While Liniger worked tirelessly behind the scenes to improve the short sale process, he also endeavored to get his people ready for the resulting shift in perception.
During a frank, heartfelt address at the annual RE/MAX Convention in March 2009, he acknowledged the worsening conditions in many markets and encouraged affiliates to abandon their aversion to short sales and learn to work them effectively. Specifically, Liniger introduced the crowd to the CDPE designation, which he called “essential training for these times.”
By the end of the year, more than 10,000 RE/MAX associates had answered the call to action and become CDPEs. The total has since grown to nearly 11,000, which is 10 times greater than any competitor. Counting the Five Star Institute’s “Five Star Professional (FSP)” and NAR’s “Short Sales & Foreclosure Resource (SFR)” programs, over 15,000 RE/MAX associates have taken advanced courses in the distressed property arena.
Short sales are gaining momentum and consumer visibility. They accounted for 17.9% of U.S. home sales in April, and the number is trending upward, according to a study by Campbell Communications. RE/MAX agents, in large part because of their training and experience, are closing many of these difficult transactions.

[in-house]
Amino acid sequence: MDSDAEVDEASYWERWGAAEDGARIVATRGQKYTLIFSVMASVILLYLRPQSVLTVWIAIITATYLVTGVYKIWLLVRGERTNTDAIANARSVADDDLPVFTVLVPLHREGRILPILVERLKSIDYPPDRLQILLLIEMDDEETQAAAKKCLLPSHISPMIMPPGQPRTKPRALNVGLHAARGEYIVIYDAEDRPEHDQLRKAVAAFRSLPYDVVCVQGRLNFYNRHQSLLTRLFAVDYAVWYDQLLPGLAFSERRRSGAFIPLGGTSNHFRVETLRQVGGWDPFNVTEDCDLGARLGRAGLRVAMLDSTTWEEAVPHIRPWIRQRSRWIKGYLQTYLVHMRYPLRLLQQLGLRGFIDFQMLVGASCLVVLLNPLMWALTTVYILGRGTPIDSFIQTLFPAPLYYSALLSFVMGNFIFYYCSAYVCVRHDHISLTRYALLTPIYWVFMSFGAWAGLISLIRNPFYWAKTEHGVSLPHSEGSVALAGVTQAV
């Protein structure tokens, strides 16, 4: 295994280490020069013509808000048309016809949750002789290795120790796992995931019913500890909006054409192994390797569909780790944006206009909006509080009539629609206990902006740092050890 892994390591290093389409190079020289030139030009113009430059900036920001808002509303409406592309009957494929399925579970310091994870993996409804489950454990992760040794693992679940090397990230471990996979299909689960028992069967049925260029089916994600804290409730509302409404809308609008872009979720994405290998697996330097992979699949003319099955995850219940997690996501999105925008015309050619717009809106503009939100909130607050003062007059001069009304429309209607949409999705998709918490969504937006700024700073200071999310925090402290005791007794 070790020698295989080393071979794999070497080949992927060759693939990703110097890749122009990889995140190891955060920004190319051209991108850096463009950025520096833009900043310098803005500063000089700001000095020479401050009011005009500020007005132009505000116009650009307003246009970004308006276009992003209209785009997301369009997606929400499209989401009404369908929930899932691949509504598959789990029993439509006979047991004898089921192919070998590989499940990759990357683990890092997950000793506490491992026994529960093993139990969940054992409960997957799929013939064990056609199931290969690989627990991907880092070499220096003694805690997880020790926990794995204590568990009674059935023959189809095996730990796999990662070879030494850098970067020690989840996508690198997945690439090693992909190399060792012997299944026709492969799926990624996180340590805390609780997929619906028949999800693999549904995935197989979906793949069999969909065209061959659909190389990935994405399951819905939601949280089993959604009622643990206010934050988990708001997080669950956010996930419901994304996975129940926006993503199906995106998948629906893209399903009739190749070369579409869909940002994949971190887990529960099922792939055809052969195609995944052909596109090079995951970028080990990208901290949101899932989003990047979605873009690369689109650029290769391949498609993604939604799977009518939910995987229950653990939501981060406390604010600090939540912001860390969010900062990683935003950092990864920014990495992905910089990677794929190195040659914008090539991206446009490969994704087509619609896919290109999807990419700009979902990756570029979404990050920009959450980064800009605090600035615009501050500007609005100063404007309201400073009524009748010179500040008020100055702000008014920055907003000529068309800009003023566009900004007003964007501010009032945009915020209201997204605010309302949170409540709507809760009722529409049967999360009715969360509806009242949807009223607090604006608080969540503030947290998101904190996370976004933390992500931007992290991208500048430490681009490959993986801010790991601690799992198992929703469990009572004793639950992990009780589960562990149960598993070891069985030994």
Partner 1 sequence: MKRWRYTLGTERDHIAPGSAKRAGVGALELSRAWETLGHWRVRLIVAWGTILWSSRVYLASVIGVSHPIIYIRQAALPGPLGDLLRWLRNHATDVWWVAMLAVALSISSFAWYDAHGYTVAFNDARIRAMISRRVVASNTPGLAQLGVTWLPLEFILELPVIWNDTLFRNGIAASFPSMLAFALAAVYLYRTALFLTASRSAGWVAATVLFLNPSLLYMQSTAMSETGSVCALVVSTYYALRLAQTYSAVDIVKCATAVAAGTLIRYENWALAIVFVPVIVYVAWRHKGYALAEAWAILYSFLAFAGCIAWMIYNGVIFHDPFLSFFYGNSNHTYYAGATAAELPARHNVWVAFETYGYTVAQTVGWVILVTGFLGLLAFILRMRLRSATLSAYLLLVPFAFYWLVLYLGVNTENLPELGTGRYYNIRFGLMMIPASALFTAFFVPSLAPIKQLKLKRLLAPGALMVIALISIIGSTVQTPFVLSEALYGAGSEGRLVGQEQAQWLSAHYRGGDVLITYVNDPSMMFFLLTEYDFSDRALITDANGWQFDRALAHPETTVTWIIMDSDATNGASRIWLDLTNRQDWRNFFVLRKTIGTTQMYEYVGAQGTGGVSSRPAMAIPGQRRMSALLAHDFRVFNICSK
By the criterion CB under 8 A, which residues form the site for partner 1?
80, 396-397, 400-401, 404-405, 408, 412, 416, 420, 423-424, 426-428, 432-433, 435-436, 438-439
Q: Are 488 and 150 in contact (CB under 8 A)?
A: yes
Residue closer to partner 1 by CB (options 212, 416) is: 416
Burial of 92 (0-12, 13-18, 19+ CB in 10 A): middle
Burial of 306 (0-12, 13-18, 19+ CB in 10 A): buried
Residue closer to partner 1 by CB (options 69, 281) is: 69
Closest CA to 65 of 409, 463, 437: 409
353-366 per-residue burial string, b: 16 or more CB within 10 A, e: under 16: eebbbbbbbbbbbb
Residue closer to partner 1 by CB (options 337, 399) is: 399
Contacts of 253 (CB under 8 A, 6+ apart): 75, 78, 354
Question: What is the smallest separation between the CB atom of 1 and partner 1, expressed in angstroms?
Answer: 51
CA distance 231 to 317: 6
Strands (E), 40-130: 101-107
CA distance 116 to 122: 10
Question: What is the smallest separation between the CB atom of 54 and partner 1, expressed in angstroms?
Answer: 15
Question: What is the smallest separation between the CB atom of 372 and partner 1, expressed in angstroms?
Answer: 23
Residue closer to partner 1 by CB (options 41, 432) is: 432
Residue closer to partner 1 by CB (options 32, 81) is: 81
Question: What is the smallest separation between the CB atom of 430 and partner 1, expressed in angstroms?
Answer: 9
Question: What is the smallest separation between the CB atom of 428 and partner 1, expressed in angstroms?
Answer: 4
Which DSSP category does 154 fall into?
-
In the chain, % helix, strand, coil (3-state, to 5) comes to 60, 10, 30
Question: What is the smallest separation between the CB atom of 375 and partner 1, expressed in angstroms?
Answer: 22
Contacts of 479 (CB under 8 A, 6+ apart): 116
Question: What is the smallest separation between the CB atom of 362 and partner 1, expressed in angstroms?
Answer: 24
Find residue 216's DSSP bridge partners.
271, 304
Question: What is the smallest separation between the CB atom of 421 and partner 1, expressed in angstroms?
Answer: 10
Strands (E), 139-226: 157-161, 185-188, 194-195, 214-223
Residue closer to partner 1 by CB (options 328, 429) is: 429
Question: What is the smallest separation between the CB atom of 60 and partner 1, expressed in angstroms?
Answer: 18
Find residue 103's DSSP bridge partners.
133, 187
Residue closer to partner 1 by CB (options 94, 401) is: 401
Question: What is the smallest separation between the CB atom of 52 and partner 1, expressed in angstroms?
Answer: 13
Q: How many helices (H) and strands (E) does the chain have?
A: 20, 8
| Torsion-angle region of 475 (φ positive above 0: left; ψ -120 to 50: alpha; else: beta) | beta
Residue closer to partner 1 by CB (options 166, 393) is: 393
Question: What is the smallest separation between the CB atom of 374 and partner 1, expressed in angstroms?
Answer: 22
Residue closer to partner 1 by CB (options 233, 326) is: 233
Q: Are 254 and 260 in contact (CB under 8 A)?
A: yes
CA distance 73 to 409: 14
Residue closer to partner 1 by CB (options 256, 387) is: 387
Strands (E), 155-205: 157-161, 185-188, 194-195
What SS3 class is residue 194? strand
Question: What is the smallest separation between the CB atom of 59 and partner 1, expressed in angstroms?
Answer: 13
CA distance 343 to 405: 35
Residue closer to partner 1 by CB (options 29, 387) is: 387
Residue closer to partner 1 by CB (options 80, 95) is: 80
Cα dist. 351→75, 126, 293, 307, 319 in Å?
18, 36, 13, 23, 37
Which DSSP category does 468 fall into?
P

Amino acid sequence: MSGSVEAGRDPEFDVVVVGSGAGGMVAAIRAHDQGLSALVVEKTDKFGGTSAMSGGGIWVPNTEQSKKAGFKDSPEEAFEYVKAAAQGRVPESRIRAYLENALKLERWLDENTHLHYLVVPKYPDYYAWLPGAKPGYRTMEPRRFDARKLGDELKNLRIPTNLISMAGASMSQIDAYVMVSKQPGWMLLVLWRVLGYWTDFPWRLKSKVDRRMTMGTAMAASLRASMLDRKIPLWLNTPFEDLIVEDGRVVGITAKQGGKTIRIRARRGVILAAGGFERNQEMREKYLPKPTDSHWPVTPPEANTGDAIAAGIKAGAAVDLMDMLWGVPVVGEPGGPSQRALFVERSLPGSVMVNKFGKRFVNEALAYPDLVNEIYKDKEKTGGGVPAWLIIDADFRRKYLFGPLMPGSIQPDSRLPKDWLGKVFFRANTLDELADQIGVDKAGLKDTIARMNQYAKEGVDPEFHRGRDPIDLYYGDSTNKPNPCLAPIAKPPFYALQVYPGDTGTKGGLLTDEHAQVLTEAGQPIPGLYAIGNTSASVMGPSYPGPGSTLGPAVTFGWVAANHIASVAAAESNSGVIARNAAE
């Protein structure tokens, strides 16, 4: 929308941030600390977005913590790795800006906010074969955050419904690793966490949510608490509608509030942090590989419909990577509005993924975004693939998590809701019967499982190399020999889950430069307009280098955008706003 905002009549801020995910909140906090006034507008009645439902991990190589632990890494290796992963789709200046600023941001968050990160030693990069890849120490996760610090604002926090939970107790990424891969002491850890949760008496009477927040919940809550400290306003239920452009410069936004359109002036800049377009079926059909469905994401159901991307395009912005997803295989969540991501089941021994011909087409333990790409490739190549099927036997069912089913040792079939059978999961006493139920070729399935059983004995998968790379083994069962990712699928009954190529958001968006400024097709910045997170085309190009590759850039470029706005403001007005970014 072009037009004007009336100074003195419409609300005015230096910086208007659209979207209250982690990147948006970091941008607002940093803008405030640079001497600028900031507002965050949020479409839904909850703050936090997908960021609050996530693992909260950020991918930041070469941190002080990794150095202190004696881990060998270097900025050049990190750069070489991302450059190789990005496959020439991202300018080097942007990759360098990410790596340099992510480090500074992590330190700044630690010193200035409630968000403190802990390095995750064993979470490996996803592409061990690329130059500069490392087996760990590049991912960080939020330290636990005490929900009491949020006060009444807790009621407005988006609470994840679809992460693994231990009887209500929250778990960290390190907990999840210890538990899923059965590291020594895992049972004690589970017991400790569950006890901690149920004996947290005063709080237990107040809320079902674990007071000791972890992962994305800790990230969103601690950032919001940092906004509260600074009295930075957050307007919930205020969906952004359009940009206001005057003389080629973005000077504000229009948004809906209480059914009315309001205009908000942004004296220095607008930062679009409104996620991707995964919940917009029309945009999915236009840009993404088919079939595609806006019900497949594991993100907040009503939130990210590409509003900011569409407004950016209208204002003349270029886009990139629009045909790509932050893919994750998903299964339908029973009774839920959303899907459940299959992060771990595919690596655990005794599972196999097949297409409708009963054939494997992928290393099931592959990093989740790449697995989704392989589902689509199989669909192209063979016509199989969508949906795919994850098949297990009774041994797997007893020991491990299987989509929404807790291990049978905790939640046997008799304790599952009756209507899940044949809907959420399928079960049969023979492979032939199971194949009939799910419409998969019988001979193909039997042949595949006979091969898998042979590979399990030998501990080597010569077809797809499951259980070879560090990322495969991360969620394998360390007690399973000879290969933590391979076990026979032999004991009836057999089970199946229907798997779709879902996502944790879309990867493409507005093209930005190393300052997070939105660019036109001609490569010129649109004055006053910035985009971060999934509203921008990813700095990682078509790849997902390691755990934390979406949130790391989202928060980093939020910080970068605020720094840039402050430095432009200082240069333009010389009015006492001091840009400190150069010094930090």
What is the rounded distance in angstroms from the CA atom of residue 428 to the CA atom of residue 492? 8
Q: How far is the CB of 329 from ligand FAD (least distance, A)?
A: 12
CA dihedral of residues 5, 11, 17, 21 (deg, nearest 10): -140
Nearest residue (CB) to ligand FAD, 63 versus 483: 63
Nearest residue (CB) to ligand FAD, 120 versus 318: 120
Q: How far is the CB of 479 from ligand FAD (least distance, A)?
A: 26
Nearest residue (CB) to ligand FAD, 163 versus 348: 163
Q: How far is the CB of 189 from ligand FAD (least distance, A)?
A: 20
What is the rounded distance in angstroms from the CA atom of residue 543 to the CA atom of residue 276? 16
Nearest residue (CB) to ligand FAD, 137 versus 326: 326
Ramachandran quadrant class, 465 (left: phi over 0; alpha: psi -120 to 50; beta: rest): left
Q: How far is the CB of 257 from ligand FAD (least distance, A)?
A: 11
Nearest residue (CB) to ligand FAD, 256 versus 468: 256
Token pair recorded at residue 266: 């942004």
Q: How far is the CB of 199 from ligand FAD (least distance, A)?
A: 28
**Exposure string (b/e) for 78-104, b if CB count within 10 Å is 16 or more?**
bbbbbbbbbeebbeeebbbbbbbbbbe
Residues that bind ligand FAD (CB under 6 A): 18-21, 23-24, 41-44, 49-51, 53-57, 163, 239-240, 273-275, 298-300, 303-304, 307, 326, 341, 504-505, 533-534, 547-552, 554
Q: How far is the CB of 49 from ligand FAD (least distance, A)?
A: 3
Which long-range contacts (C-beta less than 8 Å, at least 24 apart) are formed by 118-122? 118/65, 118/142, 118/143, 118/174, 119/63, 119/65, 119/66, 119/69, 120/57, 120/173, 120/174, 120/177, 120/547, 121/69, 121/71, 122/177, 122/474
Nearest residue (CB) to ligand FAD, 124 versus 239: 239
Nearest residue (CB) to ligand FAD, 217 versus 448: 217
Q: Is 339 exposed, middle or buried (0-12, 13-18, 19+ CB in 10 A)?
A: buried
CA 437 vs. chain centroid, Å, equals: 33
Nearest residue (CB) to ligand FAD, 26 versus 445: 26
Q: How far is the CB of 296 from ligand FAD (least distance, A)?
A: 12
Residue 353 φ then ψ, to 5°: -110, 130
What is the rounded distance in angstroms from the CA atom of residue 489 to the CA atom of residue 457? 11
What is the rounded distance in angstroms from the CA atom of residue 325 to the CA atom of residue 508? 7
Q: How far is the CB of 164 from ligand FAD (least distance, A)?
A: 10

“RE/MAX associates are leading the way in distressed properties just as they always have in traditional home sales,” Liniger says. “Our brokers and managers have shown tremendous leadership in helping agents prepare for this. It’s possible only because of the quality of people within our network. Organizations filled with beginners and part-timers simply can’t match us on this.”
Relevant Training on Demand
The No. 1 position in CDPEs continues a longtime trend. More than 50,000 affiliates have taken advanced courses through RE/MAX University, and for good reason—year after year, statistics show that agents with professional designations earn significantly more than those without them.
RE/MAX has a wide lead in virtually every major professional designation. The network is No. 1 in credentials related to buyers (ABR), residential sales (CRS), seniors (SRES), luxury homes (CLHMS), global real estate (CIPS), relocation (CRP) and bank-owned properties (FSP).
RE/MAX University makes it happen. Since 1994, with the advent of the industry’s only proprietary satellite training network, RE/MAX has enjoyed a tremendous competitive advantage in education. This edge grew even more pronounced in March with the unveiling of a broadcast-quality, on-demand video platform through which sales associates, brokers and managers around the world can access more than 1,000 totally-free programs at any time, 24/7.